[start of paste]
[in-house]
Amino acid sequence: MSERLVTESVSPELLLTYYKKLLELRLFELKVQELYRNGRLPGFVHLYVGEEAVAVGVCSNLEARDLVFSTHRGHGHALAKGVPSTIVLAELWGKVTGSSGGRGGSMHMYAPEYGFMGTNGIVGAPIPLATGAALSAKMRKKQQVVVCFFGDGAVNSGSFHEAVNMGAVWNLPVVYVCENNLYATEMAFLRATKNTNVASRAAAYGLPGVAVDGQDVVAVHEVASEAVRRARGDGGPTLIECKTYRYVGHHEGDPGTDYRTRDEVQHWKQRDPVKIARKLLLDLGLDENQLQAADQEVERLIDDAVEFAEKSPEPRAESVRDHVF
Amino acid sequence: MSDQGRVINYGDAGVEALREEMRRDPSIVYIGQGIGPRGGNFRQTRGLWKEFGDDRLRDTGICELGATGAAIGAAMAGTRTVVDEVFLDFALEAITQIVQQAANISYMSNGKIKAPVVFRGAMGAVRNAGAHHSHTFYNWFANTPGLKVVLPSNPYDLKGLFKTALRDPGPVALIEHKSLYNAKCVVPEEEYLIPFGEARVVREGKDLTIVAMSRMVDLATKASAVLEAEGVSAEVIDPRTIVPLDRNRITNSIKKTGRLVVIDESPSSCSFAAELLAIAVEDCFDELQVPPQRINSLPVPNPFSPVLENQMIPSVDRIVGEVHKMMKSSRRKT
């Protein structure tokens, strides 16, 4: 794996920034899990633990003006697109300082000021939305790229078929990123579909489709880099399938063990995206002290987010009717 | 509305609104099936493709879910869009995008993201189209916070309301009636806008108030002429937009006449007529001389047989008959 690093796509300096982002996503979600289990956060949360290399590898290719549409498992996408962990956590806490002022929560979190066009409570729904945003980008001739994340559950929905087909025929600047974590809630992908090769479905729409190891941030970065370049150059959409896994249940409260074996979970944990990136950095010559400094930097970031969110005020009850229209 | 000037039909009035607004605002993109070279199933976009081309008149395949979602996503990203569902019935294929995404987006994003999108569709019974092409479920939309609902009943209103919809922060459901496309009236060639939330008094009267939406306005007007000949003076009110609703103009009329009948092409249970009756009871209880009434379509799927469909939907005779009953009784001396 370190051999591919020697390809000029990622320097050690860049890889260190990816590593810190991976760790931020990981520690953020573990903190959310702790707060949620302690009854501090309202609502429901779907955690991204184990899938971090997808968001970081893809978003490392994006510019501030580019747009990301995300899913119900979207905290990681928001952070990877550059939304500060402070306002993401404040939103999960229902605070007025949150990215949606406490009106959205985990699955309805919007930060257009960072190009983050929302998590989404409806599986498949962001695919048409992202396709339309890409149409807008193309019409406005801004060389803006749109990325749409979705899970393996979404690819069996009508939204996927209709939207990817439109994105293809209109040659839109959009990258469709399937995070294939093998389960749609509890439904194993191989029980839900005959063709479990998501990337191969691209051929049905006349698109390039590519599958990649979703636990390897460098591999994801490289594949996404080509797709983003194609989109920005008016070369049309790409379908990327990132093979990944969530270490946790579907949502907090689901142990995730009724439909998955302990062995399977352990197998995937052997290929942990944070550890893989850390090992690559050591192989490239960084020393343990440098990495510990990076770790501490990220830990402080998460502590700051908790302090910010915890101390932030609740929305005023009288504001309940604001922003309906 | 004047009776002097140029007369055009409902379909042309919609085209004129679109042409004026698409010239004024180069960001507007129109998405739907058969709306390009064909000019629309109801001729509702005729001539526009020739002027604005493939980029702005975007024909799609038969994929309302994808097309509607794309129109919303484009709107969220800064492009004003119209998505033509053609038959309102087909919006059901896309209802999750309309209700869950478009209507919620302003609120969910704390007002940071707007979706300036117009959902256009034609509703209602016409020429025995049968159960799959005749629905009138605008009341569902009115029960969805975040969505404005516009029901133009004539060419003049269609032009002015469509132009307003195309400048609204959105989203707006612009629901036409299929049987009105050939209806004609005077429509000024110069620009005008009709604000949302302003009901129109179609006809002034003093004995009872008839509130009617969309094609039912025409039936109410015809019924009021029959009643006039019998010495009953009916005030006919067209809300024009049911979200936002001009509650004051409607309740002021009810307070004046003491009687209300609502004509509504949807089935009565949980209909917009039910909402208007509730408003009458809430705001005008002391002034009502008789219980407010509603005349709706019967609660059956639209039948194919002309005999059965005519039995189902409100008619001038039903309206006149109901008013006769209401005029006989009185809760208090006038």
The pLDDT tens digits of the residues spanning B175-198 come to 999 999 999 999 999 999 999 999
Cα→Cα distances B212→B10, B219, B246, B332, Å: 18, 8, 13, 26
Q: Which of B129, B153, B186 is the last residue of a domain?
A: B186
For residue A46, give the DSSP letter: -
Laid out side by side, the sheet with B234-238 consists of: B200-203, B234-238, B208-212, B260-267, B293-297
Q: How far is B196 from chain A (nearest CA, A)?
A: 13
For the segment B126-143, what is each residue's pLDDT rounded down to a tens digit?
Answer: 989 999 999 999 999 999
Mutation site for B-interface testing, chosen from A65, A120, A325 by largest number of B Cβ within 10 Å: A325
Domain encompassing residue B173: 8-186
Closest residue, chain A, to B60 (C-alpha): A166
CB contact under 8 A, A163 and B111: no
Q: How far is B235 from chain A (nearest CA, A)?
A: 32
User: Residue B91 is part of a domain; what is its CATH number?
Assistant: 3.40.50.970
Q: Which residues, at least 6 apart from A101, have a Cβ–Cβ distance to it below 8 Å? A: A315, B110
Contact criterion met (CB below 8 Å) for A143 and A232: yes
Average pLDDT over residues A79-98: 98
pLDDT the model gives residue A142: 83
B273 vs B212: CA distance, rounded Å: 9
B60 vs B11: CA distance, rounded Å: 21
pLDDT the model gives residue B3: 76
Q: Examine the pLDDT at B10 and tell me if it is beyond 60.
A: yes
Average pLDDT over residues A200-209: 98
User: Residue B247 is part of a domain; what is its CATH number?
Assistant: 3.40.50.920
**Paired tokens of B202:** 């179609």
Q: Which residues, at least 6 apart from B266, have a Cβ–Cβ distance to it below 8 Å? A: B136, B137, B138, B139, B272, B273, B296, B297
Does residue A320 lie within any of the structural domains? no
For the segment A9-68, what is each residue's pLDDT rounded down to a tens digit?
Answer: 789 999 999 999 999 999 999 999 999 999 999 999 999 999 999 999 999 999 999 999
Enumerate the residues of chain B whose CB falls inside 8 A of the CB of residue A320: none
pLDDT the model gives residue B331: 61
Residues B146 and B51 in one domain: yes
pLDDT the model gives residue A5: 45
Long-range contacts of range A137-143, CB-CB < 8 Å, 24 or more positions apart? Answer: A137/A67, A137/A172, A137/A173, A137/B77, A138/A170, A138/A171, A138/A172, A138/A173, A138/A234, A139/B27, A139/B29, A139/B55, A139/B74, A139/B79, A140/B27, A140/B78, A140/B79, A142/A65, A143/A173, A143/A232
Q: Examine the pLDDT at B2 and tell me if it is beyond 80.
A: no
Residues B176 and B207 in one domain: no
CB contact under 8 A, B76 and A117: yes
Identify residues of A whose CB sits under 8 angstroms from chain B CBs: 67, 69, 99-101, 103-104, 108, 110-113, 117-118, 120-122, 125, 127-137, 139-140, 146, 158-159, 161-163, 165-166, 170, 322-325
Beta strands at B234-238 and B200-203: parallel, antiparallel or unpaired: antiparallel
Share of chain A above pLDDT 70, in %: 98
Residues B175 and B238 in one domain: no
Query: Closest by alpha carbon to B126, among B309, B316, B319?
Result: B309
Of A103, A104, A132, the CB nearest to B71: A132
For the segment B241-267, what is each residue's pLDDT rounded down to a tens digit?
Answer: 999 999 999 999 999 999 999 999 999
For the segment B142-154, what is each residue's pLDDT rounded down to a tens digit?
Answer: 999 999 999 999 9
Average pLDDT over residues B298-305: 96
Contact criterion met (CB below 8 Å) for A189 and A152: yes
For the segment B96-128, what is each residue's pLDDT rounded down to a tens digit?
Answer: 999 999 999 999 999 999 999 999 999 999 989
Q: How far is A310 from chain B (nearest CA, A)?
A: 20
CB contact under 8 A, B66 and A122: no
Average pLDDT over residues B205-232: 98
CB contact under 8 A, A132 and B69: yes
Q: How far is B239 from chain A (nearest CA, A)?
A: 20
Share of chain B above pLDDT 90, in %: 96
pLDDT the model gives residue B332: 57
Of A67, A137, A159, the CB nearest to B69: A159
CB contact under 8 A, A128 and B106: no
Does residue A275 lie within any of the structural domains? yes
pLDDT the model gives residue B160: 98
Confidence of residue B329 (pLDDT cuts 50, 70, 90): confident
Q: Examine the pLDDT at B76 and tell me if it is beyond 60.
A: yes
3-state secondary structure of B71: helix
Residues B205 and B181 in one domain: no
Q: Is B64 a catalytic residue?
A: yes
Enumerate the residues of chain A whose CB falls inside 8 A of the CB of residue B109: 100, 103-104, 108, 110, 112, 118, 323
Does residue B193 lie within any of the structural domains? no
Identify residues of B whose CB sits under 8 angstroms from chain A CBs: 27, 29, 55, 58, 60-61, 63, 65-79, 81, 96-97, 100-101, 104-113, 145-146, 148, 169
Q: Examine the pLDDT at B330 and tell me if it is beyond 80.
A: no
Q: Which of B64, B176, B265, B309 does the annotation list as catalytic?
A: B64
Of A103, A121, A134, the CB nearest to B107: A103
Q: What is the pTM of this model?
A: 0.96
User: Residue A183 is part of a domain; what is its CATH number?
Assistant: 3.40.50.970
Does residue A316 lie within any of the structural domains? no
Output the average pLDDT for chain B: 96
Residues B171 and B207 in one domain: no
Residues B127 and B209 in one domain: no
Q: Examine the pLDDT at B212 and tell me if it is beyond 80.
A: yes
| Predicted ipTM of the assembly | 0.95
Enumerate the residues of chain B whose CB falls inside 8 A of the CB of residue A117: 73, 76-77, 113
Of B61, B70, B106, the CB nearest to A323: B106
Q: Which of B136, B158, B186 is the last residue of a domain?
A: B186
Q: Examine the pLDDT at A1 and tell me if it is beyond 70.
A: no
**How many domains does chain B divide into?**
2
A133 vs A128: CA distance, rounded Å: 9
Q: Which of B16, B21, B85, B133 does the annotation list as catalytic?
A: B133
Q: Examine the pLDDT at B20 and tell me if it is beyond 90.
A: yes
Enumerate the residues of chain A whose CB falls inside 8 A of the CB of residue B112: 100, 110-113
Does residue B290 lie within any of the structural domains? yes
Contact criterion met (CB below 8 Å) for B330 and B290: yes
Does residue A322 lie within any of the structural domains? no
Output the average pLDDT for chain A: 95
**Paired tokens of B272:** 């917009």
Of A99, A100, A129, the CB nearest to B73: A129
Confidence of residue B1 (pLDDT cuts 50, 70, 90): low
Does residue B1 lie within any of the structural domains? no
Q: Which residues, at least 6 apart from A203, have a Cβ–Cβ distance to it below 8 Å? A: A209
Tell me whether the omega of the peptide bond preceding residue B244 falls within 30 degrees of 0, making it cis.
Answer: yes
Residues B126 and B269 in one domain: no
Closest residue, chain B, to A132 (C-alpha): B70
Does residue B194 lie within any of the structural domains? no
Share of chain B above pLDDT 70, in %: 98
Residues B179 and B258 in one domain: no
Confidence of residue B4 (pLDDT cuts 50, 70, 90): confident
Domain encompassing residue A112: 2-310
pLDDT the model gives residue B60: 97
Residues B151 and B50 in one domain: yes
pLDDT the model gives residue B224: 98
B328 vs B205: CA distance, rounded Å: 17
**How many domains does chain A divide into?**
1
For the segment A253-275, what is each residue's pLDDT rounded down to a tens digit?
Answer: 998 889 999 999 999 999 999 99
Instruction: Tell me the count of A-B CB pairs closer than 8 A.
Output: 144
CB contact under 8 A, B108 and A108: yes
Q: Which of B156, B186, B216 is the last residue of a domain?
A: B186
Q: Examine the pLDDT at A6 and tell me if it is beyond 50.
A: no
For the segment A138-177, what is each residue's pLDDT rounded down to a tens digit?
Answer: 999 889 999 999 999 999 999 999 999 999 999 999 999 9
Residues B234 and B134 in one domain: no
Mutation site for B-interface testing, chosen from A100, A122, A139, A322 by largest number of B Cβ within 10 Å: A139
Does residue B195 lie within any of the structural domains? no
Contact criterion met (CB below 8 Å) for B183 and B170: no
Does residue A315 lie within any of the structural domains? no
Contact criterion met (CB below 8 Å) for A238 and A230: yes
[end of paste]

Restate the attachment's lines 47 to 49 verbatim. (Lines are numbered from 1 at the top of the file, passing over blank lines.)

Residues B176 and B207 in one domain: no
CB contact under 8 A, B76 and A117: yes
Identify residues of A whose CB sits under 8 angstroms from chain B CBs: 67, 69, 99-101, 103-104, 108, 110-113, 117-118, 120-122, 125, 127-137, 139-140, 146, 158-159, 161-163, 165-166, 170, 322-325